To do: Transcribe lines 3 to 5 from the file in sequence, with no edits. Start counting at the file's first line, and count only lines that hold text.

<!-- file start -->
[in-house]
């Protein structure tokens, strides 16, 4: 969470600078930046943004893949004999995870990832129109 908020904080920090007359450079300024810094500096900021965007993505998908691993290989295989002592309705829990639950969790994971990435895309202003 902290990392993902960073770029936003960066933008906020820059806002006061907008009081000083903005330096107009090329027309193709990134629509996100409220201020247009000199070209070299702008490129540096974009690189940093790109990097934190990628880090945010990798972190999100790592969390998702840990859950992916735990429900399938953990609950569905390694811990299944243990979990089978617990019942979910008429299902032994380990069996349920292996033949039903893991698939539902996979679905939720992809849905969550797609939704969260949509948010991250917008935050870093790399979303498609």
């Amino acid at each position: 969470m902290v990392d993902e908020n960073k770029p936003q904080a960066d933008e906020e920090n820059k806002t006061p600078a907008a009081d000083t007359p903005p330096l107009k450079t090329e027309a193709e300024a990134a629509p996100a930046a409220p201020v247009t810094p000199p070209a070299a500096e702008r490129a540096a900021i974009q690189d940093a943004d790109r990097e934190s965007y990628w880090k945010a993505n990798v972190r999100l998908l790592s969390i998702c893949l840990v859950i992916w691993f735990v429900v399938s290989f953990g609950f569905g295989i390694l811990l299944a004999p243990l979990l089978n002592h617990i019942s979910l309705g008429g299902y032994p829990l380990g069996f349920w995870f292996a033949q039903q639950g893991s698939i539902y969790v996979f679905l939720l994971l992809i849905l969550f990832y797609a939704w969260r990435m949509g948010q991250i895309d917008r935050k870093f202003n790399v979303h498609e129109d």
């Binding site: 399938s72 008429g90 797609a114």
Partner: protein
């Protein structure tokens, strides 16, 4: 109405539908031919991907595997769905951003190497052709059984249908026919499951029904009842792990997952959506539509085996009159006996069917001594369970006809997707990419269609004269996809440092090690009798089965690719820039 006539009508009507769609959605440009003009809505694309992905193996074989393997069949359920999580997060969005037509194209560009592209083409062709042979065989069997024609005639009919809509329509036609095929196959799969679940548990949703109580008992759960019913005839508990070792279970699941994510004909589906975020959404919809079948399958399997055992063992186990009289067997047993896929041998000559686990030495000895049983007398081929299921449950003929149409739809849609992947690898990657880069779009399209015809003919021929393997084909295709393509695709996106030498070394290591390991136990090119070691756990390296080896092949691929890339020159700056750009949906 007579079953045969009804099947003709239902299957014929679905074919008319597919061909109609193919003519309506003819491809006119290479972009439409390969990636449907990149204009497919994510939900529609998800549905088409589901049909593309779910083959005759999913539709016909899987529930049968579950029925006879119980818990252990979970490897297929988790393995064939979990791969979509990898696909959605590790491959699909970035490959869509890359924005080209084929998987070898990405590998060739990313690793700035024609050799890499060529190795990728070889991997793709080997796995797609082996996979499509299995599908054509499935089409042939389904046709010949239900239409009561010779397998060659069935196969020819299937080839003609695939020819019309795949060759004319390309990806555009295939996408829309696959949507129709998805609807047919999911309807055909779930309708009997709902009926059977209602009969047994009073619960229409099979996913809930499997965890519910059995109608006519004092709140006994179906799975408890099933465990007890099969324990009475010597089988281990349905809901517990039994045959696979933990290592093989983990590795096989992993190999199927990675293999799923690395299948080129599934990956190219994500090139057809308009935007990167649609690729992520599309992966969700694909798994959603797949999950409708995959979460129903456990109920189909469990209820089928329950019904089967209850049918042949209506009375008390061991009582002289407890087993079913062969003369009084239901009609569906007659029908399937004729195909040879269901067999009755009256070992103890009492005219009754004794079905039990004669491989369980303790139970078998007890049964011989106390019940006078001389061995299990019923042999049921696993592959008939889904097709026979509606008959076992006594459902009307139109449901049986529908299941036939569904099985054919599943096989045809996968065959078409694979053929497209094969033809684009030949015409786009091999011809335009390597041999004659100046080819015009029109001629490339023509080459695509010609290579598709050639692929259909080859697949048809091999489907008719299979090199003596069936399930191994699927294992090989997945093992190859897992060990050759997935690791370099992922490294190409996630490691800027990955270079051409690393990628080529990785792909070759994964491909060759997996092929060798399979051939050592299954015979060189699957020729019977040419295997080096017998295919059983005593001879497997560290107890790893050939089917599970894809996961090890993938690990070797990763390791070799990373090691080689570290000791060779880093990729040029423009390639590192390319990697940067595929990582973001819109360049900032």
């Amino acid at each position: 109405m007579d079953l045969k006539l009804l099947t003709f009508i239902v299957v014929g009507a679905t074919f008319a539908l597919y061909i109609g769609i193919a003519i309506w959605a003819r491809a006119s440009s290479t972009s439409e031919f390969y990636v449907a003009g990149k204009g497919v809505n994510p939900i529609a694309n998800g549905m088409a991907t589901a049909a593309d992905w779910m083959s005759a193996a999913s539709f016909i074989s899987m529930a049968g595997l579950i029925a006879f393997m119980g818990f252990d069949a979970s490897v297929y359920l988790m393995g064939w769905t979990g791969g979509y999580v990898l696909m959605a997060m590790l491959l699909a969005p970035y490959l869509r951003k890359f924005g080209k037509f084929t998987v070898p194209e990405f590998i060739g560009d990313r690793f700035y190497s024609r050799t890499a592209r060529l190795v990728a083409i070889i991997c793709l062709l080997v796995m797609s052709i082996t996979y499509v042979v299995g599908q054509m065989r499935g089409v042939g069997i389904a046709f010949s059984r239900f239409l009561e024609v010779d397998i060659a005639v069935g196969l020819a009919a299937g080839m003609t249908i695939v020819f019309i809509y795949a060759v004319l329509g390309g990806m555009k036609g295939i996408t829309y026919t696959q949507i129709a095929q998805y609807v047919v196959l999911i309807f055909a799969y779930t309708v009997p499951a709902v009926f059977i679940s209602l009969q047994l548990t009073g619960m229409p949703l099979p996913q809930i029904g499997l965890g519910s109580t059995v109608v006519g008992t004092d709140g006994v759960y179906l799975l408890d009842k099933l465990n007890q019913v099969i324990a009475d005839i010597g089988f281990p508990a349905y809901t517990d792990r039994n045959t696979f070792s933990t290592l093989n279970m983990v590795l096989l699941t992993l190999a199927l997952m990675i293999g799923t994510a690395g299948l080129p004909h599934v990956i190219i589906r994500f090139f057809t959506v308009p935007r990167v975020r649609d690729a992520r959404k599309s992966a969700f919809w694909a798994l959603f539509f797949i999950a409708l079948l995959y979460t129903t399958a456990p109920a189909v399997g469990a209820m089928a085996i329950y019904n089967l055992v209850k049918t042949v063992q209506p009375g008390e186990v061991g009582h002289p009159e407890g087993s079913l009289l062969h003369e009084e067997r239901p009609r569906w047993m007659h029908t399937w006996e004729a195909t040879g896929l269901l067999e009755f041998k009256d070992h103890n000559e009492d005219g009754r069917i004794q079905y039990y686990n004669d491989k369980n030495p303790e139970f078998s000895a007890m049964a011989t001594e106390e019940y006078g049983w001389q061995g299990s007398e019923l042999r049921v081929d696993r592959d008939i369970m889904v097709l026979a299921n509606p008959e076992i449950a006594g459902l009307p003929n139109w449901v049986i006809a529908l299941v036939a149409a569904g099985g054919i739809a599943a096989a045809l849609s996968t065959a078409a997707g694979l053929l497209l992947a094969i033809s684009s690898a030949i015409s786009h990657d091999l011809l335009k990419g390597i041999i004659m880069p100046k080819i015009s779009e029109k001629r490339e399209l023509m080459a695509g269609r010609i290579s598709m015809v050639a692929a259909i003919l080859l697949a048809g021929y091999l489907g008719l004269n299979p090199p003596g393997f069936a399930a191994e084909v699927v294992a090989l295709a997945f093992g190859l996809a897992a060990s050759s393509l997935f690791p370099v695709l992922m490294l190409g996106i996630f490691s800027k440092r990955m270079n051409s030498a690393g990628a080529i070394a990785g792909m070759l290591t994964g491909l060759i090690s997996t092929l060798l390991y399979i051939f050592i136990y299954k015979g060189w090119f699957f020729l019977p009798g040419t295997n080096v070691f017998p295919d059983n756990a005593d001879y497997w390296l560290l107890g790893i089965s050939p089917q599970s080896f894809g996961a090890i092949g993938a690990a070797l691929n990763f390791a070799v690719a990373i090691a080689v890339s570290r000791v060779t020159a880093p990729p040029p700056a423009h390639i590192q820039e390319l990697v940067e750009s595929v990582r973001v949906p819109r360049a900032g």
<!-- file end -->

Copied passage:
């Amino acid at each position: 969470m902290v990392d993902e908020n960073k770029p936003q904080a960066d933008e906020e920090n820059k806002t006061p600078a907008a009081d000083t007359p903005p330096l107009k450079t090329e027309a193709e300024a990134a629509p996100a930046a409220p201020v247009t810094p000199p070209a070299a500096e702008r490129a540096a900021i974009q690189d940093a943004d790109r990097e934190s965007y990628w880090k945010a993505n990798v972190r999100l998908l790592s969390i998702c893949l840990v859950i992916w691993f735990v429900v399938s290989f953990g609950f569905g295989i390694l811990l299944a004999p243990l979990l089978n002592h617990i019942s979910l309705g008429g299902y032994p829990l380990g069996f349920w995870f292996a033949q039903q639950g893991s698939i539902y969790v996979f679905l939720l994971l992809i849905l969550f990832y797609a939704w969260r990435m949509g948010q991250i895309d917008r935050k870093f202003n790399v979303h498609e129109d």
């Binding site: 399938s72 008429g90 797609a114």
Partner: protein